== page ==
BAGHDAD - Clashes between rival Shia militias in Karbala have spread across
southern Iraq and Baghdad, adding a new dimension to sectarian violence.
Clashes between the Mehdi Army militia of Shia anti-occupation cleric Moqtada
al-Sadr and the Badr Organization militia of the Supreme Iraqi Islamic Council
(SIIC) erupted over recent days in the holy city of Karbala, 60 mi. southwest
Karbala, with a population of about half a million, is a holy city, particularly
for the Shias, as it is home to the tomb of Hussein ibn Ali, grandson of the
The shrine of Imam Hussein is a place of pilgrimage for many Shia Muslims.
The recent clashes between the two powerful militias, which left at least 52
people dead and over 200 wounded during the pilgrimage, and led to curfew over
the entire city, mark intensifying fighting throughout southern Iraq.
This was the first time that a major pilgrimage has been stopped in Iraq. Hundreds
of thousands of pilgrims had gathered in the city to mark the birth anniversary
of the 12th and last Shia imam.
"Even Saddam did not stop our pilgrimage, but look at those who say they
are our protectors, killing us in cold blood," Kathum Hussein, whose wife
was killed when Iraqi police opened fire, told IPS in Baghdad. "The guards
who get their huge salaries to protect us just started shooting as if we were
insects, not human beings."
As the fighting spread to Baghdad and other cities around southern Iraq, National
Security Advisor Muaffaq al-Rubaii told reporters, "It is the Saddamists
and the foreign fighters who did it, yet it is true that the security forces
were not well organized."
Many Iraqis are outraged at the government's inability to contain the crisis.
They also say the government is making misleading statements.
"The ones who started the shooting were the shrine guards who belong to
the Sistani militias [Badr Organization]," Iraqi political analyst Waleed
Ubaidy told IPS.
The fighting spread immediately to most Shia-dominated cities in Iraq, including
the Shia areas of Baghdad. Dozens were killed in fighting in Baghdad neighborhoods
like Sadr City, Shula, and Kadhimiya.
Just after the clashes broke out in Karbala, the Mehdi Army attacked several
of the SIIC offices in Baghdad. At least seven offices were set ablaze by Mehdi
Army members in reprisal attacks for what happened in Karbala Similar raids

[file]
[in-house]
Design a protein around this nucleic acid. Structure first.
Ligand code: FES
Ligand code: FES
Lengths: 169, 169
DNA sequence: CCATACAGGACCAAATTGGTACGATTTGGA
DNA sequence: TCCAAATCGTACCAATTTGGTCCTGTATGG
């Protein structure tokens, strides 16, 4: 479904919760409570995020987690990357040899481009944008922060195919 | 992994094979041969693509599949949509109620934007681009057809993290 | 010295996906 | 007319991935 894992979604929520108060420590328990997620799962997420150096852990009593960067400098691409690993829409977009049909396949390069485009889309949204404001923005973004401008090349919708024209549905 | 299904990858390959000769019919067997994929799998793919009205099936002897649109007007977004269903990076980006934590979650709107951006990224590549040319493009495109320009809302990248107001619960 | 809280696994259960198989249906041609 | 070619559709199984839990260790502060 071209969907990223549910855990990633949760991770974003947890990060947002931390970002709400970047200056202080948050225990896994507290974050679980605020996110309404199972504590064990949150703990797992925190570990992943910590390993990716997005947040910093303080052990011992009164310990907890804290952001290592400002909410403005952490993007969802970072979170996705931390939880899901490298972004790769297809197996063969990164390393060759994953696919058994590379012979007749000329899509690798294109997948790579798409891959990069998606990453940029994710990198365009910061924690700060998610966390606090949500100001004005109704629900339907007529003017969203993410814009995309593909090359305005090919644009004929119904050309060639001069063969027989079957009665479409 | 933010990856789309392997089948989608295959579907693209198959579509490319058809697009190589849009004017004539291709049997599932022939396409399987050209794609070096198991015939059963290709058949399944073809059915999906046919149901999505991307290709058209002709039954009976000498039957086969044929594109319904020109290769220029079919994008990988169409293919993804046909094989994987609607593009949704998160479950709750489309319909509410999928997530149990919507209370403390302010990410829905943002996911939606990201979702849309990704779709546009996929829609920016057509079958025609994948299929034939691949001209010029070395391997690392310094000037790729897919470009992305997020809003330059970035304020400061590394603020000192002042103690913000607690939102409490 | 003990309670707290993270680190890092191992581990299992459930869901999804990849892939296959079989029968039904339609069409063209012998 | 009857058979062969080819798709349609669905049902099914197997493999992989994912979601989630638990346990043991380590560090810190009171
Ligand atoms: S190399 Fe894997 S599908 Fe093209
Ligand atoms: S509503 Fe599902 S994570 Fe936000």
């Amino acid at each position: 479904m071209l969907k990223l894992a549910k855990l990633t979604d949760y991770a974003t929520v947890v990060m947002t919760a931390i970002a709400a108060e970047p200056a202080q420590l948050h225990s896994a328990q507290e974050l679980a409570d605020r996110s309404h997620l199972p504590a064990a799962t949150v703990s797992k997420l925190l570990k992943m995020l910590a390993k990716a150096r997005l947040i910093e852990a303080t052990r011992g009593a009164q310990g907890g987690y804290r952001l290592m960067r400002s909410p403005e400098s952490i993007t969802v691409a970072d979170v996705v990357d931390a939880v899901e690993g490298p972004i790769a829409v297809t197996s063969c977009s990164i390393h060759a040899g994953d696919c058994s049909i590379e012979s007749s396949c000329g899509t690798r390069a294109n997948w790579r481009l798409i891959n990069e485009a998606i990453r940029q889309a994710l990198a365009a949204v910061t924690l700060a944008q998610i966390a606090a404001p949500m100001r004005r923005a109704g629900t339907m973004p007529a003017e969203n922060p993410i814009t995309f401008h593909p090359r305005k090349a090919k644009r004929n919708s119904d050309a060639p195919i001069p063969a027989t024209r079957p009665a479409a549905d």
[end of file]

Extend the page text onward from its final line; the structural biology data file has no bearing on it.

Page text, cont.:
on SIIC offices came in at least five other cities in the south.
Not long after the curfew was imposed over Karbala, Sadr ordered a six-month
suspension of operations of his militia.
"We declare the freezing of Mehdi Army without exception in order to rehabilitate
it in a way that will safeguard its ideological image within a maximum period
of six months," read a statement from the cleric.
Iraqi security officials in Baghdad blamed the militia for attacking the men
guarding the shrines in Karbala. The guards are believed to be members of the
Badr Organization, as the SIIC controls the shrines.
Sporadic fallout from the violence has continued. A representative of Sadr
was beaten up and arrested by guards of Iraqi Prime Minister Nouri al-Maliki.
The Sadr movement has accused Maliki of taking sides with the Badr Organization
Maliki sacked the commander of the Karbala police operations' center, Maj.
Gen. Saleh Khazal al-Maliki, and decided to run the center through his own forces.
He also sacked 1,500 other police officers for incompetence, according to the
spokesman of the Iraqi Ministry of Defense, Maj. Gen. Mohammad al-Askari.
IPS had reported on clashes at Basra in April between the Sadr militia and
militants loyal to the Shia al-Fadhila party. Clashes between those groups continue,
besides those that have surfaced between the Medhi Army and the Badr Organization
"This government failed us, and any similar government that is run by
these parties will not bring back safety to Iraq," Salih Allawi, from the
Shula neighborhood of Baghdad, told IPS. "After leading us into Shia-Sunni
fighting, they are tearing the Shia community apart. They have made us feel
sorry for losing Saddam Hussein's regime, when security prevailed in this country."
(Inter Press Service)